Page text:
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Possible Duplicate:
Set timeout to an operation

How can i set timeout for a line of code in c#. For example RunThisLine(SomeMethod(Some Input), TimeSpan.FromSeconds(10)) run SomeMethod with 10 second time out. Thanks in advance.

marked as duplicate by axel_c, Kiril, Rawling, Dante May Code, skolima Nov 22 '12 at 13:40

This question has been asked before and already has an answer. If those answers do not fully address your question, please ask a new question.

  • 1
    Is that "line" of code cooperative, i.e. does it somehow support cancelling? – Daniel Hilgarth Nov 22 '12 at 13:24
  • No, the line processing must be limited to specified time. – Hossein Nov 23 '12 at 6:28
94

You can use the Task Parallel Library. To be more exact, you can use Task.Wait(TimeSpan):

using System.Threading.Tasks;

var task = Task.Run(() => SomeMethod(input));
if (task.Wait(TimeSpan.FromSeconds(10)))
    return task.Result;
else
    throw new Exception("Timed out");
  • 4
    It's great. The result of SomeMethod will be in task.Result variable. Thanks. – Hossein Nov 26 '12 at 5:16
  • 6
    It's not necessary to use the CancellationToken if you just need timeout, and/or your method does not handle the token on cancelation. Wait has an overload without token that works just fine. – trapicki Nov 19 '14 at 10:13
  • Take care guys, this might change the behaviour of the app (as in my case) – copa017 Jun 28 '16 at 10:21
  • 1
    this is good solution but, this is not stop function. only notify about timeout. – Bondaryuk Vladimir Nov 17 '16 at 9:56
  • @BondaryukVladimir: Yep, just as the documentation for Task.Wait states. If task cancellation is required, you have to use CancellationTokens and handle them from within your task. Do not utilize the deprecated Thread.Abort-method! I've had a sample to this included earlier, but simplified it due to comments to this answer. I will edit it, in order to demonstrate how to use it, if that's whats causing confusion. – Carsten Nov 17 '16 at 11:58
11

You can use the IAsyncResult and Action class/interface to achieve this.

public void TimeoutExample()
{
    IAsyncResult result;
    Action action = () =>
    {
        // Your code here
    };

    result = action.BeginInvoke(null, null);

    if (result.AsyncWaitHandle.WaitOne(10000))
         Console.WriteLine("Method successful.");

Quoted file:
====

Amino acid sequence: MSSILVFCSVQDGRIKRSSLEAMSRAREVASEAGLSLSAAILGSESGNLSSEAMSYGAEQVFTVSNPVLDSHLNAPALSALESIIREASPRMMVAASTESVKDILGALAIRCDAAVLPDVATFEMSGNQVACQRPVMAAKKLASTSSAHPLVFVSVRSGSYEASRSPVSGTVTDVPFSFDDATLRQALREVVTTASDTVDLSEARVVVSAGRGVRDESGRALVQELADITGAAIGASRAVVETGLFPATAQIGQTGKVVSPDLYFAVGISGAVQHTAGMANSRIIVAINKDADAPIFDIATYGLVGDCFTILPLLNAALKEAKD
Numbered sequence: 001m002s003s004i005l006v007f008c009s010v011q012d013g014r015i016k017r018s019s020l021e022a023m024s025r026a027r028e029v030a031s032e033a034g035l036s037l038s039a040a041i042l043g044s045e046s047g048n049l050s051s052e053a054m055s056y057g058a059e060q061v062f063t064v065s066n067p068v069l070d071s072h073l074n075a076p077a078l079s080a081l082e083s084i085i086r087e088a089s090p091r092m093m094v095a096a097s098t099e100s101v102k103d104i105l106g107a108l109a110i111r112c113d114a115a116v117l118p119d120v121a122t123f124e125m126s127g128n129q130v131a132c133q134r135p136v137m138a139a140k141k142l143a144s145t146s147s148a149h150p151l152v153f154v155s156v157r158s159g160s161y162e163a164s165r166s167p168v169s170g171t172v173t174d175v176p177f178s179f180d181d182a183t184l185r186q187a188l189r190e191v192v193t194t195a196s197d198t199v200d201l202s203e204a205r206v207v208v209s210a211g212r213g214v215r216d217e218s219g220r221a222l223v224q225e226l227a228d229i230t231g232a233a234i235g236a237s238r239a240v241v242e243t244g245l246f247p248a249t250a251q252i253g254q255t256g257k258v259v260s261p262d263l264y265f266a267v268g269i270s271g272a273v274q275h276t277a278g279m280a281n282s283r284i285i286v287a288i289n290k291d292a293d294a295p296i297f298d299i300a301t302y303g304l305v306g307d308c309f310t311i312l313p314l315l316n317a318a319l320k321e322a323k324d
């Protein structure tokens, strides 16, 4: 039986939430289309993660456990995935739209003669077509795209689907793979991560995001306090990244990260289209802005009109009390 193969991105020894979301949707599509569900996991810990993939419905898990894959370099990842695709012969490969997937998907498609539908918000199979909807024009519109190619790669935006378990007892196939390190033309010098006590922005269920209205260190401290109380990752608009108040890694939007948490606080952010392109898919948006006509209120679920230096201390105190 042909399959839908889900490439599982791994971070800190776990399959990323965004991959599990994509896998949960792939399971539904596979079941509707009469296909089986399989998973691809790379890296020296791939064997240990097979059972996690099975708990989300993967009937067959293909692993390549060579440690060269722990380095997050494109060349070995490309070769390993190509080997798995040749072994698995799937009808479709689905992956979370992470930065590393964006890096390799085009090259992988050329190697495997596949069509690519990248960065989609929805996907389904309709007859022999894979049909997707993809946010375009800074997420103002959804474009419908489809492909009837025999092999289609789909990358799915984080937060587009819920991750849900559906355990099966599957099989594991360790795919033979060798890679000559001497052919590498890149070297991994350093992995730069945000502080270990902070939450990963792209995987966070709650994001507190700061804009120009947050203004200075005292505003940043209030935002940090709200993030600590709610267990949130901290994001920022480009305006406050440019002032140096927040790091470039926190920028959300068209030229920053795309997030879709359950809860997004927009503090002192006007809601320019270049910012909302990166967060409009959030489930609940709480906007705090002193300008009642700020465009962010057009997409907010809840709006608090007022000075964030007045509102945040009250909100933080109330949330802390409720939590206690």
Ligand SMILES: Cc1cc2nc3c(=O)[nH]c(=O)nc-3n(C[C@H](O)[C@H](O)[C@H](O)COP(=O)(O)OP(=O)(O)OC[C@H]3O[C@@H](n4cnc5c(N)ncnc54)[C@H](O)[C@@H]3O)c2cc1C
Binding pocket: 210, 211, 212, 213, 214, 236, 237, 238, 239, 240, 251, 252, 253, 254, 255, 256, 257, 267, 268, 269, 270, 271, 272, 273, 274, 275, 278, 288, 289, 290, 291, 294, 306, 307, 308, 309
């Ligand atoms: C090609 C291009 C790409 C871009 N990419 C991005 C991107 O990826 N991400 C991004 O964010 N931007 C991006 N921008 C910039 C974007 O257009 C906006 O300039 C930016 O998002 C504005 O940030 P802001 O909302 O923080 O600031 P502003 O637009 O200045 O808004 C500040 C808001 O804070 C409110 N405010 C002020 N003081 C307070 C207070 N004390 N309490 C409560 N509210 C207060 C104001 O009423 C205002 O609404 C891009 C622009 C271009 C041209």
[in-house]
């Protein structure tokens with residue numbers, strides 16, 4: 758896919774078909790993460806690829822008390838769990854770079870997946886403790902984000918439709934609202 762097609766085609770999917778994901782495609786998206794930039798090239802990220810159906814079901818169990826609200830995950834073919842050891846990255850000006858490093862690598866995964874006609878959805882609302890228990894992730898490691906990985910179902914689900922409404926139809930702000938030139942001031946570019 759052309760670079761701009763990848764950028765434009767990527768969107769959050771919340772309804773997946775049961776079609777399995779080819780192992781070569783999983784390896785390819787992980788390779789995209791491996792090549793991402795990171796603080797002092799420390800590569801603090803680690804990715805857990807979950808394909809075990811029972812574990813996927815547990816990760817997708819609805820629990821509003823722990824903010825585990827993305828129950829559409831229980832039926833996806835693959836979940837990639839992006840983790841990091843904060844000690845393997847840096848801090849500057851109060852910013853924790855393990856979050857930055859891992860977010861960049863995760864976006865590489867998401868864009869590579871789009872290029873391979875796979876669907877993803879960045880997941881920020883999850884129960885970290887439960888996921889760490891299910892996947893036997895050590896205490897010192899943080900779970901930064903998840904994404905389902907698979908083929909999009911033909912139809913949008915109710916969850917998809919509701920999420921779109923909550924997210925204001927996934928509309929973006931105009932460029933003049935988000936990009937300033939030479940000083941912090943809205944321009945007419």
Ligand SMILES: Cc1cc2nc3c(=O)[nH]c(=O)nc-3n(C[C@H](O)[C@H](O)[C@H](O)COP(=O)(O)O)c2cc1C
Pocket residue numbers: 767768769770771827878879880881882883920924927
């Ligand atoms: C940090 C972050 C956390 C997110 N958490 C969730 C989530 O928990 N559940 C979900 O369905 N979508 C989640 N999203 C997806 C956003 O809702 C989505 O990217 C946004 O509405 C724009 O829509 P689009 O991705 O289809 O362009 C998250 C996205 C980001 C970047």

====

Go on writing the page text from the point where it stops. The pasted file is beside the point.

else
         Console.WriteLine("Method timed out.");
}
  • 2
    Very simple to use!! But do this also kill the other task or? (in case of timeout) – Benjamin Karlog Dec 3 '16 at 20:23
  • other task = action* – Benjamin Karlog Dec 3 '16 at 20:30
6

I use something like this (you should add code to deal with the various fails):

    var response = RunTaskWithTimeout<ReturnType>(
        (Func<ReturnType>)delegate { return SomeMethod(someInput); }, 30);


    /// <summary>
    /// Generic method to run a task on a background thread with a specific timeout, if the task fails,
    /// notifies a user
    /// </summary>
    /// <typeparam name="T">Return type of function</typeparam>
    /// <param name="TaskAction">Function delegate for task to perform</param>
    /// <param name="TimeoutSeconds">Time to allow before task times out</param>
    /// <returns></returns>
    private T RunTaskWithTimeout<T>(Func<T> TaskAction, int TimeoutSeconds)
    {
        Task<T> backgroundTask;

        try
        {
            backgroundTask = Task.Factory.StartNew(TaskAction);
            backgroundTask.Wait(new TimeSpan(0, 0, TimeoutSeconds));
        }
        catch (AggregateException ex)
        {
            // task failed
            var failMessage = ex.Flatten().InnerException.Message);
            return default(T);
        }
        catch (Exception ex)
        {
            // task failed
            var failMessage = ex.Message;
            return default(T);
        }

        if (!backgroundTask.IsCompleted)
        {
            // task timed out
            return default(T);
        }

        // task succeeded
        return backgroundTask.Result;
    }
  • 4
    Please note: This doesn't cancel the action after the timeout. I am not saying that it should do that - I am mentioning it because I think this is an important detail. – Daniel Hilgarth Nov 22 '12 at 13:33

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